My main beef though with this production, once again, are the directorial choices that Chicago Shakes Artistic Director Barbara Gaines makes.  I don’t think there is a sense of anchoring place and period in this production.  The show starts with loud, hip, rock music, but this isn’t really consistently used throughout the play, and the music only blares once again during the climactic sword fight between Richard and Richmond near the end of the play. So what I initially though was going to be a punk rock Richard quickly fizzled.  It’s probably better that the music scoring isn’t used throughout since it feels anachronistic beside the costumes, which, although employing a vivid color palette and crafted beautifully, still come off as strongly Elizabethan.  Unfortunately, the very minimal (minimalist?) set design elements (Philippe Starck ghost chairs, a metallic riser, floor-length mirrors) don’t clear things up.  I’m also confused by the inconsistency in the performance styles that Gaines allows her actors to adopt.  Acton, the excellent Wendy Robie as Queen Elizabeth, Jennifer Harmon as Queen Margaret, among others, with their exaggerated movements, precise diction, and stentorian “Shakespearian” delivery seems to be at a Stratford-upon-Avon performance, while many other members of the company (the usually credible Marc Grapey and Dan Kenney, for example), with their naturalistic movements, conversational speaking styles, and Midwestern drawls seem to be at a, uhmm, Kansas City smokehouse rib joint.  It’s very distracting.  Most of the staging is unimaginative, with the actors clustered in a certain section of the stage, or planted firmly stage center (conjuring up migraine-inducing memories of Cymbeline from a couple of years back).  The blocking comes off pretty lazy in my opinion.  For a show that has characters turning into corpses at the drop of a hat, the pacing is very slow. And then when you’re on your third catnap, you’re jarred awake by a headscratching-beyond-belief scene straight out of a vampire B-movie or Night of the Living Dead:  all of Richard’s murder victims rise out of the floor in a metal box, amidst a sea of fog, with heavy Kabuki make-up and eyeliner, hands folded in an “X” across their chests, to lash out at Richard in a dream.  Seriously?

Finally, with twenty minutes to go in what has been an undistinguished production, the young storefront actor Brendan Marshall-Rashid, comes out as Richmond and delivers a soliloquy that is emotionally genuine, quietly powerful, and mellifluously and clearly spoken, and you wonder where the hell has he been during the past two hours and twenty five minutes?  It’s a terrific, but too-short, performance; I, for one, can’t wait to see him perform his career-making Hamlet, wherever it’ll be.  Hopefully, it will be at Chicago Shakes within the next couple of years, because man, the theater really needs a jolt in the arm to justify those high ticket prices.  Those ticket prices (and the ancillary costs of Navy Pier parking, pre-theater dinner, etc.) are probably the metaphorical jet propulsion engine that sent 75% of the audience into a flabbergasting, undeserved standing ovation at the end of the show.  It was quite a dismaying sight.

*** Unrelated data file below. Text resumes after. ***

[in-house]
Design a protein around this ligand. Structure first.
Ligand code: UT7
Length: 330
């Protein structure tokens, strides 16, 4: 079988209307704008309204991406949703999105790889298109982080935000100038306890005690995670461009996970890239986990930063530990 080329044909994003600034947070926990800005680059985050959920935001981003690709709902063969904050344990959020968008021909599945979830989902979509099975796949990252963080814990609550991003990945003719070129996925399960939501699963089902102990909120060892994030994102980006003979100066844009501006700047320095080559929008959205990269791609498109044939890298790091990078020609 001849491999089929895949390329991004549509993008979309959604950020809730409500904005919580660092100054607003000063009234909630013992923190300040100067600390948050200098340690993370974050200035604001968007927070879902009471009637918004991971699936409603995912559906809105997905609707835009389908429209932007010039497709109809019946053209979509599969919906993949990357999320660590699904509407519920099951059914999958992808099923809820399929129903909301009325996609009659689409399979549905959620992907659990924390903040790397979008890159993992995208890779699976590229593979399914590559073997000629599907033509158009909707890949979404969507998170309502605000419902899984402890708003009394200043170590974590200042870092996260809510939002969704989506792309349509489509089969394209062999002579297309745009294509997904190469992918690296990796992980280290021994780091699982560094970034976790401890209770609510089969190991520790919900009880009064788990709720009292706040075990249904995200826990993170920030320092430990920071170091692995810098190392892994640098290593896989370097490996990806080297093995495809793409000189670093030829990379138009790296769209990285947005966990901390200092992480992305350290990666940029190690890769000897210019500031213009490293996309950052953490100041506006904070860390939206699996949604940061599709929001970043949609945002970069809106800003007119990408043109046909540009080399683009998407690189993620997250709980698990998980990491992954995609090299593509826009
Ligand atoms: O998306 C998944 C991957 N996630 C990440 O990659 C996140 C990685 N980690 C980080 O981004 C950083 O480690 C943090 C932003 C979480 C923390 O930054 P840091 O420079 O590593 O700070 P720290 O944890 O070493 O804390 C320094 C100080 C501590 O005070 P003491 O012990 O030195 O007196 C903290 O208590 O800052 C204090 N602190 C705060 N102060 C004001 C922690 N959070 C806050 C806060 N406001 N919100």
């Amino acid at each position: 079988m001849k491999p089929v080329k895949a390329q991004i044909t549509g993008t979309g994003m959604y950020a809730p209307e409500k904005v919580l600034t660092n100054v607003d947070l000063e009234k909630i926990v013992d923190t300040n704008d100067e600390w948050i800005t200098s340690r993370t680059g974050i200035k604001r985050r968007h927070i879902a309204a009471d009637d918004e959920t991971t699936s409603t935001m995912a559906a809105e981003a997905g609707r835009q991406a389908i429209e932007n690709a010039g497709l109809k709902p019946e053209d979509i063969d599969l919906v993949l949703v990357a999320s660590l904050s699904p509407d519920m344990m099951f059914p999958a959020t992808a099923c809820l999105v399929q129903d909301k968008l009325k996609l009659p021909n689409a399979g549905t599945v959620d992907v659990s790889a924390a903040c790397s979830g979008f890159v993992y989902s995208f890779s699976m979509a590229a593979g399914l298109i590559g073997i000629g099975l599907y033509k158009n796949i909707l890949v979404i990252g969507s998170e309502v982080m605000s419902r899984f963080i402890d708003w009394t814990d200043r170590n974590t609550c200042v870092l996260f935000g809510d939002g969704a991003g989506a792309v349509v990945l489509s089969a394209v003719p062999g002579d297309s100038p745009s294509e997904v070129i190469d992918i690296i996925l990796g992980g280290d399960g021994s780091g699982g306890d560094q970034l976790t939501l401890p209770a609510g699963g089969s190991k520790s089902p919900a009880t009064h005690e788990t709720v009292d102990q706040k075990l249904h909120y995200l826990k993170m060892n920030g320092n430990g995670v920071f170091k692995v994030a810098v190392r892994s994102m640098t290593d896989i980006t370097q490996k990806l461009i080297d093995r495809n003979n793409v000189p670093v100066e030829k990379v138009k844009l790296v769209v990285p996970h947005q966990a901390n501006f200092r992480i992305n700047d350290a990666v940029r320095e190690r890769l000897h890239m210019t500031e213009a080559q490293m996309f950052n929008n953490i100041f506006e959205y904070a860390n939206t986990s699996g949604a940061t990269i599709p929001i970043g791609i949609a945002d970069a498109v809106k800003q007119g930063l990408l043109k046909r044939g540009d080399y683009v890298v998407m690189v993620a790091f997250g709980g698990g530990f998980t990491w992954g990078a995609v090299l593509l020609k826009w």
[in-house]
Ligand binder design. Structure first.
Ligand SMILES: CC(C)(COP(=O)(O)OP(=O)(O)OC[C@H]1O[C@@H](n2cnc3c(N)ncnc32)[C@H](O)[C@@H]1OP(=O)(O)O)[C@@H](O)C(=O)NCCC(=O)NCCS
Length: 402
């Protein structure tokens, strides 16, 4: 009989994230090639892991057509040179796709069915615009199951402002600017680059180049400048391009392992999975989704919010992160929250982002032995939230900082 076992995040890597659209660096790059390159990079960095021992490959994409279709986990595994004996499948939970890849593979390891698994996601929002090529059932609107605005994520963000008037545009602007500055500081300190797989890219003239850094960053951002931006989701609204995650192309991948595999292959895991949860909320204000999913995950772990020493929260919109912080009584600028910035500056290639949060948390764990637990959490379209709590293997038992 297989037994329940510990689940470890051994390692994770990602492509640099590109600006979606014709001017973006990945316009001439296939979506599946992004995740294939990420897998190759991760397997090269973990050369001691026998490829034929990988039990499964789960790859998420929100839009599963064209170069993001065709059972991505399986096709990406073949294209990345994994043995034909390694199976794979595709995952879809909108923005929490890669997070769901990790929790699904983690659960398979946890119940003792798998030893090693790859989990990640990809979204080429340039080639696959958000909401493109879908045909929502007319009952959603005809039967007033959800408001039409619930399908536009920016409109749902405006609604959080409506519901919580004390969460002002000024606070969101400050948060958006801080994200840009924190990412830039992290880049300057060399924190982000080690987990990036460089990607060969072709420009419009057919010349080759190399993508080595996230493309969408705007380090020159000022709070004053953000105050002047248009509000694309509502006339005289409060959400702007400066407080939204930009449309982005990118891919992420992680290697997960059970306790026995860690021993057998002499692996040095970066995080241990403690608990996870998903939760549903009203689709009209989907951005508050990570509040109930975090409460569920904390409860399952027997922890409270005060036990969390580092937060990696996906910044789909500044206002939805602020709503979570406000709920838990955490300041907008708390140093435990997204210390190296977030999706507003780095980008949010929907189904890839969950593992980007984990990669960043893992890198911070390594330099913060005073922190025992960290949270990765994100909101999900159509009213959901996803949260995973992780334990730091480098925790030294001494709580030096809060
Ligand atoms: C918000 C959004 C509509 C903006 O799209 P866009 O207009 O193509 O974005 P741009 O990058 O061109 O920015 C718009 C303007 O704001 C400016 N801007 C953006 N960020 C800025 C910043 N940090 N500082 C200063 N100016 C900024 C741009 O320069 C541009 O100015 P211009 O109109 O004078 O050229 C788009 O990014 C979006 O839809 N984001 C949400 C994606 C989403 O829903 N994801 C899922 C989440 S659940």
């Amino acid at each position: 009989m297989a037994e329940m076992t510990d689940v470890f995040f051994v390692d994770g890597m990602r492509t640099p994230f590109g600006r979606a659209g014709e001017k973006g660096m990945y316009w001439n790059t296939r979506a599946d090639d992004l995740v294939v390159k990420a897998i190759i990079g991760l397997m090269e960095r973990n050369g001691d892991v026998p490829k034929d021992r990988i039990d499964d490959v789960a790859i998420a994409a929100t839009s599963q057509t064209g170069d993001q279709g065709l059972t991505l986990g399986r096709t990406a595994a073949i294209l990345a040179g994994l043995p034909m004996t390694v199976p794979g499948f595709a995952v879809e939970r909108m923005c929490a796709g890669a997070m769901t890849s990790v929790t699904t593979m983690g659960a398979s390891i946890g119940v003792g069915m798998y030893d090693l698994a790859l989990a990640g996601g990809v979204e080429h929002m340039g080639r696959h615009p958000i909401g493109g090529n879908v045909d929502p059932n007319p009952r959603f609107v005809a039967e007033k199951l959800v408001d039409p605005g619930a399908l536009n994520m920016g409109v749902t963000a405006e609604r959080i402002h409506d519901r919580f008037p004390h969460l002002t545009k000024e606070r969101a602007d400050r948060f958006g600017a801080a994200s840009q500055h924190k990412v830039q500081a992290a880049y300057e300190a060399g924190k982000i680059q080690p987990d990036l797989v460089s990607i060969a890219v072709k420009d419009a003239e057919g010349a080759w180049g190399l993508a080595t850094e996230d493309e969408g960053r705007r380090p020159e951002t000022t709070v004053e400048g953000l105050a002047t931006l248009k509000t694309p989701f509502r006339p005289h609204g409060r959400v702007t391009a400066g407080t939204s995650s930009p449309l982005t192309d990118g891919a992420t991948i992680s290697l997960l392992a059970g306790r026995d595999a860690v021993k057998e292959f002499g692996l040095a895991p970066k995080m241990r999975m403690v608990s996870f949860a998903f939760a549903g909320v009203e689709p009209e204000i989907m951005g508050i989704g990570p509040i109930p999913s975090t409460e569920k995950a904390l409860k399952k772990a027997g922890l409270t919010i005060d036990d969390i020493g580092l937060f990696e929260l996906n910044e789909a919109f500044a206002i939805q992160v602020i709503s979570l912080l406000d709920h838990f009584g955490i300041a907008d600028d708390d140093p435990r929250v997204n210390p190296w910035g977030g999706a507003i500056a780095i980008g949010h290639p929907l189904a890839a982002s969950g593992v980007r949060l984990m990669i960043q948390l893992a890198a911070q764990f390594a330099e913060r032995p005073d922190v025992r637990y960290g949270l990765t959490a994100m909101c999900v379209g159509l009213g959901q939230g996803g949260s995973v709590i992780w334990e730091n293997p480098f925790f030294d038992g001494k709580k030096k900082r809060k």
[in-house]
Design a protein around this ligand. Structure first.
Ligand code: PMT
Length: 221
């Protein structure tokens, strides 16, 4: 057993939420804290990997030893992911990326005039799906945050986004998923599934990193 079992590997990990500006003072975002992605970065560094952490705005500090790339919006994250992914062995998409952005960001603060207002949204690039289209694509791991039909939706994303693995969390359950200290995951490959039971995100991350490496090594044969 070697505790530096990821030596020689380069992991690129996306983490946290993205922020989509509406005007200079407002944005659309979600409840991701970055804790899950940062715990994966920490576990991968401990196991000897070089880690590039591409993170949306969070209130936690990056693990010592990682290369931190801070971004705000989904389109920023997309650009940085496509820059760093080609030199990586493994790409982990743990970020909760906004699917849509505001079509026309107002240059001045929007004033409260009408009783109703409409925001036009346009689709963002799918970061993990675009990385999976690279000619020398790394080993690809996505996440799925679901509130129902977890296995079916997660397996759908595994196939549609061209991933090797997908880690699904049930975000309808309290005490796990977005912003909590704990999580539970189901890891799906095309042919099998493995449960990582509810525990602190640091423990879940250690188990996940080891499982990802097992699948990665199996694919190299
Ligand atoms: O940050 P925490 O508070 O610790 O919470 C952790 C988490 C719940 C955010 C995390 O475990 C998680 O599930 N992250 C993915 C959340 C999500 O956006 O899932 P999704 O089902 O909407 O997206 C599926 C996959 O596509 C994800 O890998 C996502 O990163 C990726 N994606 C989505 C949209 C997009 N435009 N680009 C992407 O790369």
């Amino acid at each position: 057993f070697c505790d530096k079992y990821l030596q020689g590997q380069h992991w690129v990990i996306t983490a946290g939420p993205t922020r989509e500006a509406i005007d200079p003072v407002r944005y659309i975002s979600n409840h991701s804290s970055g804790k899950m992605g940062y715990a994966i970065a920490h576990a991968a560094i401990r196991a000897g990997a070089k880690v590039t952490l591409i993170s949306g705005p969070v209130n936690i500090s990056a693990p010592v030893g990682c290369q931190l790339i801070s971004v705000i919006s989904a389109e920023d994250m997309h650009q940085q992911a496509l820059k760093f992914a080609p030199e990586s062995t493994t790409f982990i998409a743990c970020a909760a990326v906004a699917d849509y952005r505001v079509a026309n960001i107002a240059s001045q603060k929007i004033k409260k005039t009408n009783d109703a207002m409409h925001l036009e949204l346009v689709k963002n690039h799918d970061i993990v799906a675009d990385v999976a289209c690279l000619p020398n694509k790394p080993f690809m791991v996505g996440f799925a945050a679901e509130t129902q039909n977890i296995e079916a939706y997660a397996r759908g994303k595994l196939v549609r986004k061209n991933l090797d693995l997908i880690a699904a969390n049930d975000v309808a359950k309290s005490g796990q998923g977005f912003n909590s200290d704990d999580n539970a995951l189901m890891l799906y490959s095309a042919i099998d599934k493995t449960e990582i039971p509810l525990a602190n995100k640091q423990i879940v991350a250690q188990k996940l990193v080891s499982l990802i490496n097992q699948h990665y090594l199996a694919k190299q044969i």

Richard III is at the Chicago Shakespeare Theater, 800 E. Grand Ave., until November 22.

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2 Responses to “Fall Of My Discontent”

  1. fiftyfoot Says:

    I’m pleased to finally find a review of this production that confirms my sense of disappointment CST.

    I would disagree with you on one point: the loud rock score was anything but hip. I wanted to ask Gaines: “why heavy metal?” “Any particular band?” “Did you even know it was metal?” Gratuitous and lazy.

    Acton was clearly allowed to just go do his thing, which was an extended impression of Sideshow Bob as Richard III. The character is vile, but he must also be charismatic. Acton appeared to only be able to nail the vile part. I also had difficulty hearing some of his lines, as he turned to one side or the other of the half-round. It was just a very strange performance.

    And also agreed, would like to see more of Marshall-Rashid.

  2. francis Says:

    Thanks for the comments!